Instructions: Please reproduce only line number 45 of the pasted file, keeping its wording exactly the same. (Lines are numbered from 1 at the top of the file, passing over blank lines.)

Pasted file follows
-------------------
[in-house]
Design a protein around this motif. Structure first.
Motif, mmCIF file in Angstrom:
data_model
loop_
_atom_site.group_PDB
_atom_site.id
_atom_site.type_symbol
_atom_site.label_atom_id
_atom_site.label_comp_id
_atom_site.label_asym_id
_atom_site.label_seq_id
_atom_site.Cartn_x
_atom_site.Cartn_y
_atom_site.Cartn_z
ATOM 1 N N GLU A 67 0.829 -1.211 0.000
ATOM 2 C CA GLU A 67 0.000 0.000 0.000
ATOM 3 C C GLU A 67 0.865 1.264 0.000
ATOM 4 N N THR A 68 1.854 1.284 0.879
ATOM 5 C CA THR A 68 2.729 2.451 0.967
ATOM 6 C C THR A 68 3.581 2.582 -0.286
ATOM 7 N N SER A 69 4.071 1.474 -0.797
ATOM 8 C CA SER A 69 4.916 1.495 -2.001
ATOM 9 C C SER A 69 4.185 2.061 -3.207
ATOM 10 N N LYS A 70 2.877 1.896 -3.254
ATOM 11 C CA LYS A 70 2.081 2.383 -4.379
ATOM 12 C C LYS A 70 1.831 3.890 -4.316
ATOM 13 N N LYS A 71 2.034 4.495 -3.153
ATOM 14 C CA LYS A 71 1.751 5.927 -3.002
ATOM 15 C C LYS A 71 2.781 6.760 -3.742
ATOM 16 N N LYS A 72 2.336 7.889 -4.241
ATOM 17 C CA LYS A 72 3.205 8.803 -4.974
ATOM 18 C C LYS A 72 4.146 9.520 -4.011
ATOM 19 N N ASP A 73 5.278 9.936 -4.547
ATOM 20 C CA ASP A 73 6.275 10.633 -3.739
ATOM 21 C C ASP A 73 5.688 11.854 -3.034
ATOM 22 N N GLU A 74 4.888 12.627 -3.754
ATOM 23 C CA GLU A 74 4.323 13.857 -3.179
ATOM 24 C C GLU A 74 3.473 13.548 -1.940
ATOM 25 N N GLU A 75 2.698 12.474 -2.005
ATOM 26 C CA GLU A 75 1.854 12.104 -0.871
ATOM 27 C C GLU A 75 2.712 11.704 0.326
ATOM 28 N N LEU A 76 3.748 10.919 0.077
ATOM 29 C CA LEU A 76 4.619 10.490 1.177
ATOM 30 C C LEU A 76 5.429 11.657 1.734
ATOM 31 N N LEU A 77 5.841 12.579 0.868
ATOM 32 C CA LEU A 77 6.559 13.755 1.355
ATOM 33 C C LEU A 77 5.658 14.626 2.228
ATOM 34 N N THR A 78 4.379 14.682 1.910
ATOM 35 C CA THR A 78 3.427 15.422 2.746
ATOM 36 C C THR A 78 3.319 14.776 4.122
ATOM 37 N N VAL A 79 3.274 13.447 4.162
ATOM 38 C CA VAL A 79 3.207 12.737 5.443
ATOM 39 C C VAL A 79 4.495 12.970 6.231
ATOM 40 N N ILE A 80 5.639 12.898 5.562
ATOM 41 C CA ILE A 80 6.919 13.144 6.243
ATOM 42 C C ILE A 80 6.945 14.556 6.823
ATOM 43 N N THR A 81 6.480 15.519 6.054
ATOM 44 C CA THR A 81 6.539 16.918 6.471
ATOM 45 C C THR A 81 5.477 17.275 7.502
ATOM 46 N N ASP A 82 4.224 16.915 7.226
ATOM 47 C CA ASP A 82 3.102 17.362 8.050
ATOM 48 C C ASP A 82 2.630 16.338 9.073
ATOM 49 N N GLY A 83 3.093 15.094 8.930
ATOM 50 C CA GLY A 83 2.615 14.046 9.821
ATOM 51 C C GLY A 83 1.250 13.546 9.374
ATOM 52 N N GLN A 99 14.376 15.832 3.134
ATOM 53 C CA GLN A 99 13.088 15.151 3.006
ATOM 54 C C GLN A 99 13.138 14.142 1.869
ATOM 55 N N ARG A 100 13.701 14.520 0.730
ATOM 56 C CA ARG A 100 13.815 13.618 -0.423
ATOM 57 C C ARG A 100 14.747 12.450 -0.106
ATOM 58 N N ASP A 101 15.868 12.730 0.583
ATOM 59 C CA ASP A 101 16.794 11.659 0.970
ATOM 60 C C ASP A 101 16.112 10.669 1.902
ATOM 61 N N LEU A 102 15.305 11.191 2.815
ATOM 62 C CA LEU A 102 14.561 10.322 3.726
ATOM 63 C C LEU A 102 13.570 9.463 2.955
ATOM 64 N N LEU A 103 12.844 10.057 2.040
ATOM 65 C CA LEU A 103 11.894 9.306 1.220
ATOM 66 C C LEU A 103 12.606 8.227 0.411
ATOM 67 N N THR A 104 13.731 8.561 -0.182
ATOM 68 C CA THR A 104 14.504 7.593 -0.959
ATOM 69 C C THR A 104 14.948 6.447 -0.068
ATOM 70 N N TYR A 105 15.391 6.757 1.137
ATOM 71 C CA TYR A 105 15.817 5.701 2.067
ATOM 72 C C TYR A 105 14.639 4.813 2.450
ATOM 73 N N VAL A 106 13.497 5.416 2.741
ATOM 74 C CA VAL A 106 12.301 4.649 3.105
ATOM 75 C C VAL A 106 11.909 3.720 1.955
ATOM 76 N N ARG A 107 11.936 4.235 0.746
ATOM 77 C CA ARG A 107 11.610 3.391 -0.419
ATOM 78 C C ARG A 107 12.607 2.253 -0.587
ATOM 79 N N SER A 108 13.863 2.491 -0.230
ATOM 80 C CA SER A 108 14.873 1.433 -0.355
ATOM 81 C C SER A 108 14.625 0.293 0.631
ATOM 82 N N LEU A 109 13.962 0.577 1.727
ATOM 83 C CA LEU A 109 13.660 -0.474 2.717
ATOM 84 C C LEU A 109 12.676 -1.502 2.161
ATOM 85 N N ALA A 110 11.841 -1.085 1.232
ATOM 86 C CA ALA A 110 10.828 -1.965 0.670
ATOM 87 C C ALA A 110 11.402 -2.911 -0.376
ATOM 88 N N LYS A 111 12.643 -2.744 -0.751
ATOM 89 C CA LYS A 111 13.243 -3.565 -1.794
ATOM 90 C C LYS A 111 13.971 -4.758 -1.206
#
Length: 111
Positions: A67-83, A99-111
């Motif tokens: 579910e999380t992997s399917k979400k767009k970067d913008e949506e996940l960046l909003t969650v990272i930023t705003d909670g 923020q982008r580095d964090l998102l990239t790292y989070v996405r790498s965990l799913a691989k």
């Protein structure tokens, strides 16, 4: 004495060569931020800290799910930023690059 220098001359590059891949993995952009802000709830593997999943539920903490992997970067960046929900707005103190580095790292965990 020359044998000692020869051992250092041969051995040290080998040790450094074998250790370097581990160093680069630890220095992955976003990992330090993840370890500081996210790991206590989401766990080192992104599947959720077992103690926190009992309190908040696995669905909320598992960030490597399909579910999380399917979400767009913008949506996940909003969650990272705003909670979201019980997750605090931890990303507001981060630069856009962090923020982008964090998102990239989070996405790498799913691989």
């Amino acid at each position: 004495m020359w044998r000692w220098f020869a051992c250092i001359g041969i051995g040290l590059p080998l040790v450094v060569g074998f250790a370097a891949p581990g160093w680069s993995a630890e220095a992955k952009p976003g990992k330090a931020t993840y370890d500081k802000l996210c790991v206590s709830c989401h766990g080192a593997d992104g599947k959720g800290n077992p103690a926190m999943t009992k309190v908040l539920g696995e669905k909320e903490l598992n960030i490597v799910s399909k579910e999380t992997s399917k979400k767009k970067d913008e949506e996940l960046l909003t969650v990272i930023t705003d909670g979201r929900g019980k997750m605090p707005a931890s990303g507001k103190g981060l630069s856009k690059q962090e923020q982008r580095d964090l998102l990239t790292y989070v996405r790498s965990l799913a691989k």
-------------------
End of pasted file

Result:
ATOM 30 C C LEU A 76 5.429 11.657 1.734